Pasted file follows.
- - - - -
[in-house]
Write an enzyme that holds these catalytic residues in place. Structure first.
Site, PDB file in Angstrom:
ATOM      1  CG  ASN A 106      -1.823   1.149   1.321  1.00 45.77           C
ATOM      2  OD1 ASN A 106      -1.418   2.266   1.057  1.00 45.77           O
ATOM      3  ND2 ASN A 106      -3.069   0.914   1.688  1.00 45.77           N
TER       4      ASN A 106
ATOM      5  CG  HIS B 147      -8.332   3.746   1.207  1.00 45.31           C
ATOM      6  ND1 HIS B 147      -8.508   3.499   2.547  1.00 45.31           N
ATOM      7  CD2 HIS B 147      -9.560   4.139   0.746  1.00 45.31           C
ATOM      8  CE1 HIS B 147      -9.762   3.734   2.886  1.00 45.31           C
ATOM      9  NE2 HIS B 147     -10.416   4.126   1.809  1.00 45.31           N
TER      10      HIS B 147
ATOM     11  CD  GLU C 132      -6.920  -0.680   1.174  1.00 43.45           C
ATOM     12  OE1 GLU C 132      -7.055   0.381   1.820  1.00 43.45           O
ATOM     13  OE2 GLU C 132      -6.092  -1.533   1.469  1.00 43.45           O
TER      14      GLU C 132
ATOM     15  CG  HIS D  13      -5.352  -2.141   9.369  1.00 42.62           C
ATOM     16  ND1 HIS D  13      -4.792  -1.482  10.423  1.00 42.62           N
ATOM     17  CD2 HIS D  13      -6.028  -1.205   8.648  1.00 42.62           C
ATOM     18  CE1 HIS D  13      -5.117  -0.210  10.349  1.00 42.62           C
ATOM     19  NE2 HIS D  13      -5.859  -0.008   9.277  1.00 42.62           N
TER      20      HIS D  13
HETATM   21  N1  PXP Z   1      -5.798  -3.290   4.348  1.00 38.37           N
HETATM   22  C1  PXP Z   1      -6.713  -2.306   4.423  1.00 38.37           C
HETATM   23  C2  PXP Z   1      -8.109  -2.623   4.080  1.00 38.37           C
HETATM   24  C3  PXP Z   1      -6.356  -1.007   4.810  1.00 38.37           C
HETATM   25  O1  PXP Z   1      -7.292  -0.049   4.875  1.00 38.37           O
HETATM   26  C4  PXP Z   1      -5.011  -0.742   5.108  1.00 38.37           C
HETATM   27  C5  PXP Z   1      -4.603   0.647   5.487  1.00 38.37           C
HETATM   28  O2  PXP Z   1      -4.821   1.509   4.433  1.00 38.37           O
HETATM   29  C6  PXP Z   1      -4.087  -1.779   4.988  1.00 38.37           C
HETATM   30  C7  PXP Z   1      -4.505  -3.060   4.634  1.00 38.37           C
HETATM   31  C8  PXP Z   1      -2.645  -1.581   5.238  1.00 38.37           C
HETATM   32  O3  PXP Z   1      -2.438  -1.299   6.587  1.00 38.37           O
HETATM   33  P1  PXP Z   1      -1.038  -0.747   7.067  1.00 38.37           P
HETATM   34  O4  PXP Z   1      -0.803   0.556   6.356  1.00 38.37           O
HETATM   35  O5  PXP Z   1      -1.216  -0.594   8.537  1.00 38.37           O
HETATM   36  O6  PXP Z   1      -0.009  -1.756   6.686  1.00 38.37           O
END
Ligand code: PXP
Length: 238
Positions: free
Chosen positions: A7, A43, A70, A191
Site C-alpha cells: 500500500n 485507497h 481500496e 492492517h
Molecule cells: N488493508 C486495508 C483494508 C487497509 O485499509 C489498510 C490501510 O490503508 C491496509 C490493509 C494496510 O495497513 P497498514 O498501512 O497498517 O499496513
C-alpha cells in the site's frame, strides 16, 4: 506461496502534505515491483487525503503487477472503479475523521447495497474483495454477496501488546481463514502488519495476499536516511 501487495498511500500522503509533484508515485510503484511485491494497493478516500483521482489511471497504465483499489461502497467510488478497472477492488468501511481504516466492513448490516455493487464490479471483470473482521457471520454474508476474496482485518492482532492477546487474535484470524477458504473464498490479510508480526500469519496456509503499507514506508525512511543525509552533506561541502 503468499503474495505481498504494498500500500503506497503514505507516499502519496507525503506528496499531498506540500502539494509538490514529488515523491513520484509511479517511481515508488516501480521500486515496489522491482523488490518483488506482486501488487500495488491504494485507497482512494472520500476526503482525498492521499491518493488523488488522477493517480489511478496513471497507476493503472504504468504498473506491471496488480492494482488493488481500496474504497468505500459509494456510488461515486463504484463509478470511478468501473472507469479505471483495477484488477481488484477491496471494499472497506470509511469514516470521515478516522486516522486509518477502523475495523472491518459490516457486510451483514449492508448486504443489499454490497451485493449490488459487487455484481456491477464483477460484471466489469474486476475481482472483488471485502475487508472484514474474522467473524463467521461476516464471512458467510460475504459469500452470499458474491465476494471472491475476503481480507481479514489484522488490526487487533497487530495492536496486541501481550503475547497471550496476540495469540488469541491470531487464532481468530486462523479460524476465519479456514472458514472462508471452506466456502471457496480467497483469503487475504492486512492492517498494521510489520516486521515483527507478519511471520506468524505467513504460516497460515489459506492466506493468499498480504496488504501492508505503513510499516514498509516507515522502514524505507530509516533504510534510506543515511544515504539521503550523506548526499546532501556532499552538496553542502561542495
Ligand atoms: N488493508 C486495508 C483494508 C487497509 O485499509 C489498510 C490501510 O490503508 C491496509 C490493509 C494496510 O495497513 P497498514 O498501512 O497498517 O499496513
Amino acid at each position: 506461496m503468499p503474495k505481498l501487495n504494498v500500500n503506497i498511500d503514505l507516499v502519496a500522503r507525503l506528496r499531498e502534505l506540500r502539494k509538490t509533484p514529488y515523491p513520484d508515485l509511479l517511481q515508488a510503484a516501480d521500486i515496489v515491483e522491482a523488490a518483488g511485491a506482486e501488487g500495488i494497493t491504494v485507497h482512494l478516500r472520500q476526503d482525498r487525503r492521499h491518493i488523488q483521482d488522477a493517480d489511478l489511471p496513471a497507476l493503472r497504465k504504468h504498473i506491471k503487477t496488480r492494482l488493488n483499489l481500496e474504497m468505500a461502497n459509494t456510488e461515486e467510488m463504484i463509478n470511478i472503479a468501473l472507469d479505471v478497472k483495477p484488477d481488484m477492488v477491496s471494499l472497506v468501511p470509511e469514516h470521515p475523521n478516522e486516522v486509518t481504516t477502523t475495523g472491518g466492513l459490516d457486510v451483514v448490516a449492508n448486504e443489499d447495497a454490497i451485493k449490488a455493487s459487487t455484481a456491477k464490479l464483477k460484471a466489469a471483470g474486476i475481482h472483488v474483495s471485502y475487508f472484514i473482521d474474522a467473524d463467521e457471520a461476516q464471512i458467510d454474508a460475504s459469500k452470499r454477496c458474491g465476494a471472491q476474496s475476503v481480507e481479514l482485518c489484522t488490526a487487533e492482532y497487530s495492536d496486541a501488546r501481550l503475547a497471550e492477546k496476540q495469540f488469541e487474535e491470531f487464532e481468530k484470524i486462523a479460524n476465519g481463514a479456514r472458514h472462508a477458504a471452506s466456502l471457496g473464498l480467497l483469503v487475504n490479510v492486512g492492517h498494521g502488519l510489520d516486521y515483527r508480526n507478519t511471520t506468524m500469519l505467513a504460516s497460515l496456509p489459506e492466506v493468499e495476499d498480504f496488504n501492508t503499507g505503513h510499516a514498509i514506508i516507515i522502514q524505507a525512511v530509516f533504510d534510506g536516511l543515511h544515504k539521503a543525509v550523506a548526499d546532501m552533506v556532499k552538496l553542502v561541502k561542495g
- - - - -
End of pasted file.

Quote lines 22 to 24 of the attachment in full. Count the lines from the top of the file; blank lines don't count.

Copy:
ATOM     19  NE2 HIS D  13      -5.859  -0.008   9.277  1.00 42.62           N
TER      20      HIS D  13
HETATM   21  N1  PXP Z   1      -5.798  -3.290   4.348  1.00 38.37           N